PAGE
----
Earlier I said that I did not use the brackets that I just showed and demonstrated to you. The reason I did not use these is because during the final testing we picked (for instance) the rear driver side tire up with a forklift to see how things compressed/drooped... the front passenger side tire would rub the upper portion of the shock body if you were trying to turn the jeep to the right. My track bar was off by .25", but this was not going to cure the issue. A quick call to Doug and they went to work right away to try and duplicate the issue on their test TJ. The result was MetalCloak making me a new upper shock mounting bracket for the front. My apologies for not snapping a picture of these prior to them being installed. But you can get the general idea from the picture below. They are similar in design (still different though) to the conversion brackets many other companies make that will allow you to convert from the OEM stem style mount in the front to a traditional eye mount as found on many style shocks. This solved all my clearance issues along with re-positioning the front shock bodies to angle toward the spring a little.
After I had the top bracket is installed and you have everything tightened down, I then moved on to the lower bar pin eliminator for the front.
These eliminators are symmetrical and do not have a left or right designation. The installation of these are pretty basic so I am not going to go into that. Once the eliminator is put inside the shock's hiem joint and the eliminator's bolts are tightened things should look as this:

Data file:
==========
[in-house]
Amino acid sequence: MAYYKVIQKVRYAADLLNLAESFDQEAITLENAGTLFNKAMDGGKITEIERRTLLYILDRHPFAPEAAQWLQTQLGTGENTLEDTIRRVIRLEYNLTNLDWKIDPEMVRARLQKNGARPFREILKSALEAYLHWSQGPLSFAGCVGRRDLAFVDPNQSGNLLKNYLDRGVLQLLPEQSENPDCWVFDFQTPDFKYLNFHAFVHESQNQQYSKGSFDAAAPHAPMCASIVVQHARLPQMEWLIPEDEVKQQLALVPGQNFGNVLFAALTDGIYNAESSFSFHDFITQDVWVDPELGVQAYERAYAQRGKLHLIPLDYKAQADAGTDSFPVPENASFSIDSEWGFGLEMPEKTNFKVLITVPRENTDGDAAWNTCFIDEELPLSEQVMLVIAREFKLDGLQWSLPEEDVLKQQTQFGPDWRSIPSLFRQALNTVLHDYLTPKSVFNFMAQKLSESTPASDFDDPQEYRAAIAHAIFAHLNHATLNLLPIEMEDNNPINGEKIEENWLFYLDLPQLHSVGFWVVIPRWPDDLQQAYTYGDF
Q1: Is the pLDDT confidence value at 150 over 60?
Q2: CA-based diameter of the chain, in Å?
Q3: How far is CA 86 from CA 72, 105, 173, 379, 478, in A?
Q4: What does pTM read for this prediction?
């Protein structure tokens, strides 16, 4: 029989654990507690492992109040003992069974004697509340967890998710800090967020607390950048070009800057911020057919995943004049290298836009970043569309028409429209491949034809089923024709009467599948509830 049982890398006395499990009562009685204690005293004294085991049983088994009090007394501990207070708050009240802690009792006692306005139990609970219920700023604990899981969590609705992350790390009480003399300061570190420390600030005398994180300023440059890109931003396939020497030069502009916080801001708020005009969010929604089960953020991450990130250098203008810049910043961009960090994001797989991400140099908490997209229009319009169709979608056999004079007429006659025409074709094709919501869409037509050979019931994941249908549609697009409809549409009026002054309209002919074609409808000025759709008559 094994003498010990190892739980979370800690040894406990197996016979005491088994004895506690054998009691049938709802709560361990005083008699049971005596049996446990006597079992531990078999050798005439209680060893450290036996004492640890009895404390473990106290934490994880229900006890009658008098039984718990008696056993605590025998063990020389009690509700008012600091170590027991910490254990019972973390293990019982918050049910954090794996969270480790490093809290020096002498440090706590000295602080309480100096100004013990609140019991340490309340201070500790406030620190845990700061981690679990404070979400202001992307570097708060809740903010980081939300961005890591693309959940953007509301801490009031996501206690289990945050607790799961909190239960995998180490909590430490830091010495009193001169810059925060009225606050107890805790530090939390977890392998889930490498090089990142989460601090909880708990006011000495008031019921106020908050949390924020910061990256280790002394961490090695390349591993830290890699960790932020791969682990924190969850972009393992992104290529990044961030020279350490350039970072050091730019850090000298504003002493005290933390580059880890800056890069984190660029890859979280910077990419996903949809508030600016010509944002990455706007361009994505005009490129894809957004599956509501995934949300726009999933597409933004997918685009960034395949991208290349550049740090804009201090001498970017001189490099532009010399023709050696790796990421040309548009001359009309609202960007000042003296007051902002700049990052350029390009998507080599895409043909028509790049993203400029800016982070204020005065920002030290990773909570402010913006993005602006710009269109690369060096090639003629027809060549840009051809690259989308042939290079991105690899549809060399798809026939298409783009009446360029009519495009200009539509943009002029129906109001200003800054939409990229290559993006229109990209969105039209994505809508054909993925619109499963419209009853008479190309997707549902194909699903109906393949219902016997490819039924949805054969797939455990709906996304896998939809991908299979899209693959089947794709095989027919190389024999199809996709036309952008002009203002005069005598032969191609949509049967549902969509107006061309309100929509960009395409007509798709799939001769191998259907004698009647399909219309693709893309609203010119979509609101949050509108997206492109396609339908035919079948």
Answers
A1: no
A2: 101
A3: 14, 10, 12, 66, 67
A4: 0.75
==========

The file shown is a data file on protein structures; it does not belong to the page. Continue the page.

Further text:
At this point it is important to note a few things. Now is the time to ensure that the hiem joints at the top and bottom of the shock you are installing are set to the same length. on a TJ you want the two reservoirs (the 2 red tubes) to be on the outside, away from the frame. The final position of the shock may have to be determined after you test the flex of the jeep to ensure nothing contacts the tires particularly if you are running a very aggressive tire with side biters like my Nitto MGs. Next you will be installing the shocks upper hiem joint/mount into the gold bracket you installed earlier. If you have ever dealt with gas pressurized shocks before, you are fully aware that this can be a task. I don't have any tips for this, it helps if you have a strong friend to help out while you slide the bolt in through the hiem joint. In the process of doing all this you want to make sure that you also orientate the supplied misalignment spacers the correct way. When you are done the upper mount and shock hiem should look like this:
How it looks with the first upper shock mount...
And again, how it looks with their revised upper front mount....
To finish up the installation of the front shocks you now need to orientate the hiem joints in a manner that it keeps the shock body from flopping around left and right. To lock the shock in place, regardless of its location, you will turn the hiem joints at the top and bottom in opposite directions so that it cancels their ability to swivel left or right. You secure this location through the jam nut. Notice in the pictures up above that the hiem joints pictured in the upper shock mounts are turned differently than the hiem joints pictured in the lower BPEs, this is why. You will also have to do this on the rear shocks and I will cover that later.